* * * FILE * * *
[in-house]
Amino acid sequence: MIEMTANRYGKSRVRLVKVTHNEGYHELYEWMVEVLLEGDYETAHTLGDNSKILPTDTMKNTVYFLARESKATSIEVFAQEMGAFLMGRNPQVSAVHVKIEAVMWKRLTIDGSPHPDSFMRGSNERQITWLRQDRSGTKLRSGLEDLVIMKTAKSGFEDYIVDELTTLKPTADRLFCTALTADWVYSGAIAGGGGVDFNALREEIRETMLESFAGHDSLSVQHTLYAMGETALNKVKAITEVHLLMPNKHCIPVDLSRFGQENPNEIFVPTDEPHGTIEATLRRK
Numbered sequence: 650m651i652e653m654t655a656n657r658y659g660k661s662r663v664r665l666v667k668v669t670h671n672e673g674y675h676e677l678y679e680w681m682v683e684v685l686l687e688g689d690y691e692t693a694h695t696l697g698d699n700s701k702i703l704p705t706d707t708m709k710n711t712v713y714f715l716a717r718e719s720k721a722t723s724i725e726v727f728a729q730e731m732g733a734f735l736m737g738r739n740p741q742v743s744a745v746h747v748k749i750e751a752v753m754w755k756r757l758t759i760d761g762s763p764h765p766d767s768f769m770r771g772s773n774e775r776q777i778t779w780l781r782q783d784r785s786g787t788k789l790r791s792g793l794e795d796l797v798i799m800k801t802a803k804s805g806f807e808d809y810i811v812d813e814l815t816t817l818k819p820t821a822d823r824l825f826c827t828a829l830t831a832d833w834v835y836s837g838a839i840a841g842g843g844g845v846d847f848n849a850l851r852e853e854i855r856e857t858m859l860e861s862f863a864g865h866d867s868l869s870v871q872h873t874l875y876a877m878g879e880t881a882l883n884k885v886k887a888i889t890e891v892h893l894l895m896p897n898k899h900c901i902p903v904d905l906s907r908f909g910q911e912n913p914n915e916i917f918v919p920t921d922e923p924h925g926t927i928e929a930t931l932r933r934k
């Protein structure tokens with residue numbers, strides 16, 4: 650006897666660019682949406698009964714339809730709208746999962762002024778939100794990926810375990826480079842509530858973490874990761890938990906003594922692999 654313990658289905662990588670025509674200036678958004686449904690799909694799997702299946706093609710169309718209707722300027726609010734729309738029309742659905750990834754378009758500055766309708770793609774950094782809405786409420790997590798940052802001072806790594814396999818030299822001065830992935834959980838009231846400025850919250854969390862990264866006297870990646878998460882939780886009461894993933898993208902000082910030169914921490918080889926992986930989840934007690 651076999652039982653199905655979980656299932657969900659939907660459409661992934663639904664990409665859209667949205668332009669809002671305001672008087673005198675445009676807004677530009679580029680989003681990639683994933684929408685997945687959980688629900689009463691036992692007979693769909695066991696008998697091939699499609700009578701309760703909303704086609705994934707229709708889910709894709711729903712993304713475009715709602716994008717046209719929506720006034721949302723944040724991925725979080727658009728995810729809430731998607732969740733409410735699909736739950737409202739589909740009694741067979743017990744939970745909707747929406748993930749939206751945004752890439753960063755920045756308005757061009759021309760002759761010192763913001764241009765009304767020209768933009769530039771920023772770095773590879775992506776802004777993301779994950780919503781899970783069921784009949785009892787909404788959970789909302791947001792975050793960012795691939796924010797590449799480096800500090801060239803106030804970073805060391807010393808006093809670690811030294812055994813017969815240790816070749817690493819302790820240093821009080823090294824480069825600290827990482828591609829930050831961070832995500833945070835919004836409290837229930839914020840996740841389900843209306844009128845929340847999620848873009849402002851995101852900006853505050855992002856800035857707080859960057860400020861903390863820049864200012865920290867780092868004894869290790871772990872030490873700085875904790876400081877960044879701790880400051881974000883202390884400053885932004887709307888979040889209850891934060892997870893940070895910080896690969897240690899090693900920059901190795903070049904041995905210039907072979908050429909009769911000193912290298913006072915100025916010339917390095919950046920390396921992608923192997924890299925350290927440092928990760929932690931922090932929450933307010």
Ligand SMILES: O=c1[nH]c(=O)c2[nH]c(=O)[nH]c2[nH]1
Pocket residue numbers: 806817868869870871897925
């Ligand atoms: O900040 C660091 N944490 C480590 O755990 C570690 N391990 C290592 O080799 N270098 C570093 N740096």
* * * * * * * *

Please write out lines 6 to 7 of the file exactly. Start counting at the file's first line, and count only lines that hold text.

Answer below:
Pocket residue numbers: 806817868869870871897925
């Ligand atoms: O900040 C660091 N944490 C480590 O755990 C570690 N391990 C290592 O080799 N270098 C570093 N740096």